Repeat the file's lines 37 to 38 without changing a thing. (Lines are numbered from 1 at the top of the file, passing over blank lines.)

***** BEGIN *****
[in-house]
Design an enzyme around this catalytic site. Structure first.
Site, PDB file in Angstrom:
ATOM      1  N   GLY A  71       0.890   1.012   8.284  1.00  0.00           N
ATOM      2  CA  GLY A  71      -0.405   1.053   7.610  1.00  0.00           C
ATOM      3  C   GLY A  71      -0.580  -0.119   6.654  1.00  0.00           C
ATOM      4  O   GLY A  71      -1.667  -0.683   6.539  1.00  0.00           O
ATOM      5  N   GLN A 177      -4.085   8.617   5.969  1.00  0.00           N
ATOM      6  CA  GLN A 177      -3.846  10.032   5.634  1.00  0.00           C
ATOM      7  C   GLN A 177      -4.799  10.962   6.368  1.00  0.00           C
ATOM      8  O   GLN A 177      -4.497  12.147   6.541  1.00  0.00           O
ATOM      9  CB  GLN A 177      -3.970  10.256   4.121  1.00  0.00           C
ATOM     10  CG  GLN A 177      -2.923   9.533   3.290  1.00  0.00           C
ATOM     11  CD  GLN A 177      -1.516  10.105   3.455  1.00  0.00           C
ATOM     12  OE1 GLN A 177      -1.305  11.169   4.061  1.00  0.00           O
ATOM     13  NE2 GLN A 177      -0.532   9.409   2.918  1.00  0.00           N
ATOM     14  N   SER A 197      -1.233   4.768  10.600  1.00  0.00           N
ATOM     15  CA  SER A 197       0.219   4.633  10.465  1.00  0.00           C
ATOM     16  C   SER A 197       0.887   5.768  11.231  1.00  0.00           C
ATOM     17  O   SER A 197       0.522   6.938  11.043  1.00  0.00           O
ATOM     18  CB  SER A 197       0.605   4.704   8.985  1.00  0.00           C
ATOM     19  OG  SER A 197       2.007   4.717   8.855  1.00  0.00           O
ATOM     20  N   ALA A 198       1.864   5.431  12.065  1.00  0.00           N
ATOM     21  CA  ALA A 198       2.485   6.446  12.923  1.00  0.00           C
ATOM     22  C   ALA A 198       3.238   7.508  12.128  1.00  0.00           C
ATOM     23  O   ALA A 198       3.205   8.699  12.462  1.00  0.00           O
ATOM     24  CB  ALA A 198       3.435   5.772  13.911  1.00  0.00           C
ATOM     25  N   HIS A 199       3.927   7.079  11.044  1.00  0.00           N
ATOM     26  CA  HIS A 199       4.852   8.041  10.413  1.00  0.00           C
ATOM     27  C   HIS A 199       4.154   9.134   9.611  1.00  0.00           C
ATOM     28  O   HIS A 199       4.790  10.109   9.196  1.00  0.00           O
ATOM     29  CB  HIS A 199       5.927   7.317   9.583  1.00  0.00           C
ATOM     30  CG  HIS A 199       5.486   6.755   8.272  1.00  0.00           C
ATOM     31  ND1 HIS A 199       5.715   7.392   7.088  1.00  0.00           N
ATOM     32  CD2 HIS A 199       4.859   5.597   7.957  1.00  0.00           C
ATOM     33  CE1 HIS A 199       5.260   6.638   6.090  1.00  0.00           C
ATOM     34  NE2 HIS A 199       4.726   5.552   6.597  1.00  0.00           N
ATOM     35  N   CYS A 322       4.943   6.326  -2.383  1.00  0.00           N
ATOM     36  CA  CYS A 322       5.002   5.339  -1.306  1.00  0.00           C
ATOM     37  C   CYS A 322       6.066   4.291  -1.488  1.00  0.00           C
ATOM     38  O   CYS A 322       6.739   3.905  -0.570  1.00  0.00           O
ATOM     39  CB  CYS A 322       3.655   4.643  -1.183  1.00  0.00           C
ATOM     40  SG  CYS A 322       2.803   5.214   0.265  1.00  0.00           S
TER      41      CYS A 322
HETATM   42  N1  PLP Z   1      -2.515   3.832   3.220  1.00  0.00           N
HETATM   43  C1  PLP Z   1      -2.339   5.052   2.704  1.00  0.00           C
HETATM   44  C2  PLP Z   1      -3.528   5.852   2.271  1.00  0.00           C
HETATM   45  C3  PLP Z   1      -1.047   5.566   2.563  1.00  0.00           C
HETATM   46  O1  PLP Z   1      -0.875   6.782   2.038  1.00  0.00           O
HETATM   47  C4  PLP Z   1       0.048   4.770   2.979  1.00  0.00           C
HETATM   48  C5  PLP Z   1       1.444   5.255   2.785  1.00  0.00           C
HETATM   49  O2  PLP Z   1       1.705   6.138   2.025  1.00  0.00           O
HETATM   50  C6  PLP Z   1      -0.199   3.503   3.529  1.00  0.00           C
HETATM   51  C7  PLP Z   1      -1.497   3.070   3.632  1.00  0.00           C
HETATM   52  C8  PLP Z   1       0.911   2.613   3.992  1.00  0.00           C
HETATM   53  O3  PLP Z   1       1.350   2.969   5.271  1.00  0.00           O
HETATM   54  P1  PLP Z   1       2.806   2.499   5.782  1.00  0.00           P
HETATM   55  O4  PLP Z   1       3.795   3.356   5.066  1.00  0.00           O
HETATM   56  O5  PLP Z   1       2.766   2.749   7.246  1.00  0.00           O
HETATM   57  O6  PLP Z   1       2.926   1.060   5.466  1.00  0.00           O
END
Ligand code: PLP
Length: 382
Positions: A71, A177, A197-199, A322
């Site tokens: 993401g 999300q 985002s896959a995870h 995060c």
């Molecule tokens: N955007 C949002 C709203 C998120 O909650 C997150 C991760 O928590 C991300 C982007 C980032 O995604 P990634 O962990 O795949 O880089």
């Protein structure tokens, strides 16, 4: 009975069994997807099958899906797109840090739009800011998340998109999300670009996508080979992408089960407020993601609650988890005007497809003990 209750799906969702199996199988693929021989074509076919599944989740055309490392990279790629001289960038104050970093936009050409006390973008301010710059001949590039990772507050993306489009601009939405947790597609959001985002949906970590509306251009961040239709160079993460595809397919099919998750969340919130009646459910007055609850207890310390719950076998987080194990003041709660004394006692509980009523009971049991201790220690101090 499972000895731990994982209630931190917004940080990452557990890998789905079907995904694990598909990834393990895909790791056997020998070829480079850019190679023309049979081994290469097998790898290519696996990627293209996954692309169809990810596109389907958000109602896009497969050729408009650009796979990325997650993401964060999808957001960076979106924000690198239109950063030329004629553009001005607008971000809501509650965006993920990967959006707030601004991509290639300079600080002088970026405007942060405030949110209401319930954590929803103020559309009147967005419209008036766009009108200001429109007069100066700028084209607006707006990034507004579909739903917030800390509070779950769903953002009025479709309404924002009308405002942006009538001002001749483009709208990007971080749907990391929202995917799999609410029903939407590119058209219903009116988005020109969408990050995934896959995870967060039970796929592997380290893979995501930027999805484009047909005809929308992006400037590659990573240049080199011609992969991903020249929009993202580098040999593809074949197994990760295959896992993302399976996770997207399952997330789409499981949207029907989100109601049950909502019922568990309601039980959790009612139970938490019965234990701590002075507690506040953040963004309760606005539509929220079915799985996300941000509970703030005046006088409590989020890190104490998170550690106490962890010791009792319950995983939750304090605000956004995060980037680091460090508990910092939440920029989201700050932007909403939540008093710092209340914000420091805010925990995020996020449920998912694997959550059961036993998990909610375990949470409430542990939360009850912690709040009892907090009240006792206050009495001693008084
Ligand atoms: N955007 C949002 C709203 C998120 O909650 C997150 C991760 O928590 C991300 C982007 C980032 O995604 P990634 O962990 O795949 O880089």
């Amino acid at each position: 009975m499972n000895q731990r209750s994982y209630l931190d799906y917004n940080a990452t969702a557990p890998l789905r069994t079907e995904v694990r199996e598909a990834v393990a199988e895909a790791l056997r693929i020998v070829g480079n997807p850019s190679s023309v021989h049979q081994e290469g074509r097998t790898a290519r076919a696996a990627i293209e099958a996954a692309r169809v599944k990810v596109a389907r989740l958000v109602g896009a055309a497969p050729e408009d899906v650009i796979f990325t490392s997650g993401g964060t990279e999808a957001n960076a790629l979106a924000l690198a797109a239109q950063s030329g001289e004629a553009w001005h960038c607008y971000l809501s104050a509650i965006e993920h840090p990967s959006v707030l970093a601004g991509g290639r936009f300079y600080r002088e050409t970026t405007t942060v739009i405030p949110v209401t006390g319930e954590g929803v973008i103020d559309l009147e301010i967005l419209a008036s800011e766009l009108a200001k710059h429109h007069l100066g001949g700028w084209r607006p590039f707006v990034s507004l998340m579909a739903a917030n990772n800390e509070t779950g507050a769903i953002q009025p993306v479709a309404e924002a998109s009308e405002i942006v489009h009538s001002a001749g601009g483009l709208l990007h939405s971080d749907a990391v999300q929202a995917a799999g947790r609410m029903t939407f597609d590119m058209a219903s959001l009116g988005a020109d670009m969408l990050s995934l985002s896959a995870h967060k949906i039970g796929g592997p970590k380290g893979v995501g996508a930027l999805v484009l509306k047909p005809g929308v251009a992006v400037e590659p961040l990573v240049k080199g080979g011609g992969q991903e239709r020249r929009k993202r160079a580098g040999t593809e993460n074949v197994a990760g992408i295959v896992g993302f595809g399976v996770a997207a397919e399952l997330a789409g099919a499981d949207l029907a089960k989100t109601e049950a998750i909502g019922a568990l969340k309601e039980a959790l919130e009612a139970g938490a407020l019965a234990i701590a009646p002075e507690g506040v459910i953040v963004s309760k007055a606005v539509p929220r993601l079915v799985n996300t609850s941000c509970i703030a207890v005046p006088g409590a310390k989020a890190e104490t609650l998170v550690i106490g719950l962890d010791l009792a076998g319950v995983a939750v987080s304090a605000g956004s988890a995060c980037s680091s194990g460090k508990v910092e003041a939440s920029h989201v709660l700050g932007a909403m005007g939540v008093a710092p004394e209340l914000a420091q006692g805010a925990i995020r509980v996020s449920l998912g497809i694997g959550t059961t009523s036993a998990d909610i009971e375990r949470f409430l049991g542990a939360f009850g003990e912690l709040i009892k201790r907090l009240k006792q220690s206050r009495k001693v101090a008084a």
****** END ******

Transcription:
ATOM     34  NE2 HIS A 199       4.726   5.552   6.597  1.00  0.00           N
ATOM     35  N   CYS A 322       4.943   6.326  -2.383  1.00  0.00           N